I'm currently recovering from two surgical procedures that really have me thinking about where my body, mind and, more specifically, sexuality are at in this moment, and where they have been in the past.
Consider your life in your late teens and early 20s. It probably looked a whole lot different than it does now, assuming you are currently in your 30s or older; mine certainly does. My reflections are mostly focused on things such as emotional regulation and emotional intelligence, self awareness, responsibility, relationships, friendships, career path, dreams and, of course, sexuality.
Our sexuality is amazing, the way it changes throughout the entire spectrum of our lives. Sometimes I look back on my earlier adult years (yes, I know, I’m still young) and miss the excitement of newfound empowerment and freedom my early 20s afforded me.
I’m in my 30s now, but my expression and relationship to my sexuality was much different back then compared to how it is now. Not better or worse, but different.
For some people, maybe there is a better or worse comparison, but the fact of the matter is, you are where you are now and finding pleasure in the present is key to your happiness.
We are no longer 20 years old, so why would we expect our bodies to work as though they are? Furthermore, why would we expect our sexual appetite, expression and needs to be the same?
Hormone changes alone make things different, for everyone. Women go through perimenopause and then menopause, which has an impact not only on desire levels, but also self-confidence and lubrication ability, as well as the quality of their vaginal tissues.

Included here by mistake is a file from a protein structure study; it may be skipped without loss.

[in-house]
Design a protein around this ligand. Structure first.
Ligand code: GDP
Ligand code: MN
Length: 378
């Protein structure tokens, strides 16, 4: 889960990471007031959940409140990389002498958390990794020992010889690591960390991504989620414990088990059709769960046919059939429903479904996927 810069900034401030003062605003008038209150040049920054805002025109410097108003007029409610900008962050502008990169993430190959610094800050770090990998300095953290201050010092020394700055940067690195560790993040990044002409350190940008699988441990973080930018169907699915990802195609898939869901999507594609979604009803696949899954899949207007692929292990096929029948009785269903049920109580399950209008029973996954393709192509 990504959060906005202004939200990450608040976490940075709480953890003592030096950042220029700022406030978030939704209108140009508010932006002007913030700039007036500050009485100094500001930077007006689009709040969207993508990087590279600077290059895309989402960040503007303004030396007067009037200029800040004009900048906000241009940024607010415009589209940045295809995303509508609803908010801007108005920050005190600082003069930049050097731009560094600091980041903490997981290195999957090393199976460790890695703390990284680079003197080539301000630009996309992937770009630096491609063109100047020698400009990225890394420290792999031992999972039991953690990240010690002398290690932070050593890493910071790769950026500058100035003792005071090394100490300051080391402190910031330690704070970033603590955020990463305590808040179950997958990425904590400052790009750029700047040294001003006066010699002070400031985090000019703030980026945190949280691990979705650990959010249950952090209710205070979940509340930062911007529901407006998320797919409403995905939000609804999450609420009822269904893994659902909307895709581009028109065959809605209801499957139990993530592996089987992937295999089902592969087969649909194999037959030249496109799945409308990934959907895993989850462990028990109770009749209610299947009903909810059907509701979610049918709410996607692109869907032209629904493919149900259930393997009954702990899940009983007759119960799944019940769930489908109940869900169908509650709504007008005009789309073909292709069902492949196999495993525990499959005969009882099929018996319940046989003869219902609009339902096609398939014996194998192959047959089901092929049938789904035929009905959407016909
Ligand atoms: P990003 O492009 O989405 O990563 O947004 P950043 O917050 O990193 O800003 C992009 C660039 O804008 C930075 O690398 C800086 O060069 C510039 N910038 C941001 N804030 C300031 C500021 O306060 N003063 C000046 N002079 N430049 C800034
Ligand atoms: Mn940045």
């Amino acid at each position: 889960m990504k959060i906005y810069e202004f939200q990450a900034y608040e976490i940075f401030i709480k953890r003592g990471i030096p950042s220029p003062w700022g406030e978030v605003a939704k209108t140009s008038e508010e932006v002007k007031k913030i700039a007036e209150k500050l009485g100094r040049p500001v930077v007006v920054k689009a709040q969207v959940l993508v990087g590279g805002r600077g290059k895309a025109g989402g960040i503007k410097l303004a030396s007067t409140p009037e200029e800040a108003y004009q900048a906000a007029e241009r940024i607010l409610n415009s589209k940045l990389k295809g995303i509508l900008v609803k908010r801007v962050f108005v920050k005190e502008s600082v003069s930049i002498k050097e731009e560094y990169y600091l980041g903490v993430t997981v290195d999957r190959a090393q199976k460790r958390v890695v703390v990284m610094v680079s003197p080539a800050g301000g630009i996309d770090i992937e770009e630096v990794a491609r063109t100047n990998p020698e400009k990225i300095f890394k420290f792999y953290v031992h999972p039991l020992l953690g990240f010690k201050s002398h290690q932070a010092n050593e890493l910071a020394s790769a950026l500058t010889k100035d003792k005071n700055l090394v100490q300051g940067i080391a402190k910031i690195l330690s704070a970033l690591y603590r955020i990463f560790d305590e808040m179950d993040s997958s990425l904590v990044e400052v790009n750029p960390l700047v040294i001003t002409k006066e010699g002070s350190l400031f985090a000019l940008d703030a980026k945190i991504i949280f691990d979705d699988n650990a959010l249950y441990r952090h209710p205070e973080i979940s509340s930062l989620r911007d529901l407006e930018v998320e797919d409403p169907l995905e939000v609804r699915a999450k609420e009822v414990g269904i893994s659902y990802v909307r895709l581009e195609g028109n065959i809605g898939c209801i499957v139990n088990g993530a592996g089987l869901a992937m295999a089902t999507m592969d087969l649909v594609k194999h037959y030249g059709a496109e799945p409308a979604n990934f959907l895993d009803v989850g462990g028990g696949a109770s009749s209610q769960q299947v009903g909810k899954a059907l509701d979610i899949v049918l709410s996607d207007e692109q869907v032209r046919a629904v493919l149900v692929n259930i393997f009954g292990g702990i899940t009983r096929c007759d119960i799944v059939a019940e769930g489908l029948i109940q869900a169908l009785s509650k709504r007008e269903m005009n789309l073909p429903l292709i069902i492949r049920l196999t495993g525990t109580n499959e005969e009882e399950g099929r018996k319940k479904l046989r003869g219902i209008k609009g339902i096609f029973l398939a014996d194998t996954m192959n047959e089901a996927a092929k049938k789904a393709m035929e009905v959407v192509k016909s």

Sex can become somewhat uncomfortable and achieving orgasm can be a challenge if the proper care and attention is not given to this new state of your body’s needs.
Men also go through a hormonal shift that can affect their ability to achieve and maintain erections or attain orgasm, sexual desire, mood and self-confidence. Sensuality and closeness can become more necessary during these stages of change, which is not the worst, if you can identify and accept these changes.
Also, there are people who have gone through illness, accidents or other life experiences that have affected their libido or ability to experience sex in the way they used to.
These things do not necessarily mean you can no longer have sex; it means you can no longer have the sex you used to have, or what society says is normal. Believe me when I tell you, there is no such thing as normal.
What it does mean is adapting, meeting yourself where you are and finding the way that works best for your current physical and emotional situation. This is where you find your new pleasure and, ultimately, your new bliss.
Niseema Emery is a certified intimacy and relationship coach in Powell River.